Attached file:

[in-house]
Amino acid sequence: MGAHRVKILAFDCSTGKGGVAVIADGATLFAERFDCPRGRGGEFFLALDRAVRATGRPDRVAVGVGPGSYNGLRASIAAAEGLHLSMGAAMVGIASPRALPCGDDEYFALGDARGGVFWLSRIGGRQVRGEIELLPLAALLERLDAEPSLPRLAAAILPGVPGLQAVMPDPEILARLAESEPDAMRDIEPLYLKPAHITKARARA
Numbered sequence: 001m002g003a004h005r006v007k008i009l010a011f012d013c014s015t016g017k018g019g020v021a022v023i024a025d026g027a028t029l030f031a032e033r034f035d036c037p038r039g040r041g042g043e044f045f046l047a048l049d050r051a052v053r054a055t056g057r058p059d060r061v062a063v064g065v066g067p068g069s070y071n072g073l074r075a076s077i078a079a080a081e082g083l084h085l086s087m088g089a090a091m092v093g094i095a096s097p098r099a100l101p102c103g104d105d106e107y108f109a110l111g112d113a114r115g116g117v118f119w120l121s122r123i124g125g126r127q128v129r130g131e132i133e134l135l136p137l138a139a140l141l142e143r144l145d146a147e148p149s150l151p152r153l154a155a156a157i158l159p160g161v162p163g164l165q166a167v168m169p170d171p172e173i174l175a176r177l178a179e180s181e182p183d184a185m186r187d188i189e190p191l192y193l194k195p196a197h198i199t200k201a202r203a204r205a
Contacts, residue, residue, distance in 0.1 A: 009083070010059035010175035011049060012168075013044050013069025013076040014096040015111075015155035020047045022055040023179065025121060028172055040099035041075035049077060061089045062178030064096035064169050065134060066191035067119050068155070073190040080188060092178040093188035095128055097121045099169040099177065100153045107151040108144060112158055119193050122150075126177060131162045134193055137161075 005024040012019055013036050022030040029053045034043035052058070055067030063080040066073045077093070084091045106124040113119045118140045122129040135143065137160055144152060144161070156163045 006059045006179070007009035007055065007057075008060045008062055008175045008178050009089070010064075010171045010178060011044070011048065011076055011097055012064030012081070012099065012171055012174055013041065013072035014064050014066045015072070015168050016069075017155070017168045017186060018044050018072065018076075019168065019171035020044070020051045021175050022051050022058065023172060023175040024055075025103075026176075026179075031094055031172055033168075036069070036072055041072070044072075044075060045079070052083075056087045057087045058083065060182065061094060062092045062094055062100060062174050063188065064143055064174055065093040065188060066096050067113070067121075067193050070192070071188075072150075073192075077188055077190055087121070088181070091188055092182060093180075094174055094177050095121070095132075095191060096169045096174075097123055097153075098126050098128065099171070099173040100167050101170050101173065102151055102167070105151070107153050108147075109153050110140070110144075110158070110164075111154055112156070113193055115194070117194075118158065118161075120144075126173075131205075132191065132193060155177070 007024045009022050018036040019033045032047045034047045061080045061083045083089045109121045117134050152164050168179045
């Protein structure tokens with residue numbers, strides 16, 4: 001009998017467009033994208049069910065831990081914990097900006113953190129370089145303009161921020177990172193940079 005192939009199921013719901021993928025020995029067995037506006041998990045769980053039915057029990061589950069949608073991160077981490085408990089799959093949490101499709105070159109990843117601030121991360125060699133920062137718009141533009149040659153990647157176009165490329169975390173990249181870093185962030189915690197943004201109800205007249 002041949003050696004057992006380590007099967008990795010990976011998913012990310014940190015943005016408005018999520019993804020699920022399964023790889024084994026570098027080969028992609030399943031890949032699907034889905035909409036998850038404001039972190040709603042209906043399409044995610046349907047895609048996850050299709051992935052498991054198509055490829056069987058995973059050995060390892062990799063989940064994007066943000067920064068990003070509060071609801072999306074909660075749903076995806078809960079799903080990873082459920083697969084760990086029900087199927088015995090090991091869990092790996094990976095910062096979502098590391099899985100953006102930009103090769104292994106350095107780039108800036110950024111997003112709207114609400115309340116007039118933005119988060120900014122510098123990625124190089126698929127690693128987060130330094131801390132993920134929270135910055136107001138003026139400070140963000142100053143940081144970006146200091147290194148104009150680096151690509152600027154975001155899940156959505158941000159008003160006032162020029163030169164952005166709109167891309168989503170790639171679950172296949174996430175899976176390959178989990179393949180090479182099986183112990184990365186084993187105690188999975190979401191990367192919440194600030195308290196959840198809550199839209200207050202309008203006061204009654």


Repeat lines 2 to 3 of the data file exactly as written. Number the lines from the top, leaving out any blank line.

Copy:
Amino acid sequence: MGAHRVKILAFDCSTGKGGVAVIADGATLFAERFDCPRGRGGEFFLALDRAVRATGRPDRVAVGVGPGSYNGLRASIAAAEGLHLSMGAAMVGIASPRALPCGDDEYFALGDARGGVFWLSRIGGRQVRGEIELLPLAALLERLDAEPSLPRLAAAILPGVPGLQAVMPDPEILARLAESEPDAMRDIEPLYLKPAHITKARARA
Numbered sequence: 001m002g003a004h005r006v007k008i009l010a011f012d013c014s015t016g017k018g019g020v021a022v023i024a025d026g027a028t029l030f031a032e033r034f035d036c037p038r039g040r041g042g043e044f045f046l047a048l049d050r051a052v053r054a055t056g057r058p059d060r061v062a063v064g065v066g067p068g069s070y071n072g073l074r075a076s077i078a079a080a081e082g083l084h085l086s087m088g089a090a091m092v093g094i095a096s097p098r099a100l101p102c103g104d105d106e107y108f109a110l111g112d113a114r115g116g117v118f119w120l121s122r123i124g125g126r127q128v129r130g131e132i133e134l135l136p137l138a139a140l141l142e143r144l145d146a147e148p149s150l151p152r153l154a155a156a157i158l159p160g161v162p163g164l165q166a167v168m169p170d171p172e173i174l175a176r177l178a179e180s181e182p183d184a185m186r187d188i189e190p191l192y193l194k195p196a197h198i199t200k201a202r203a204r205a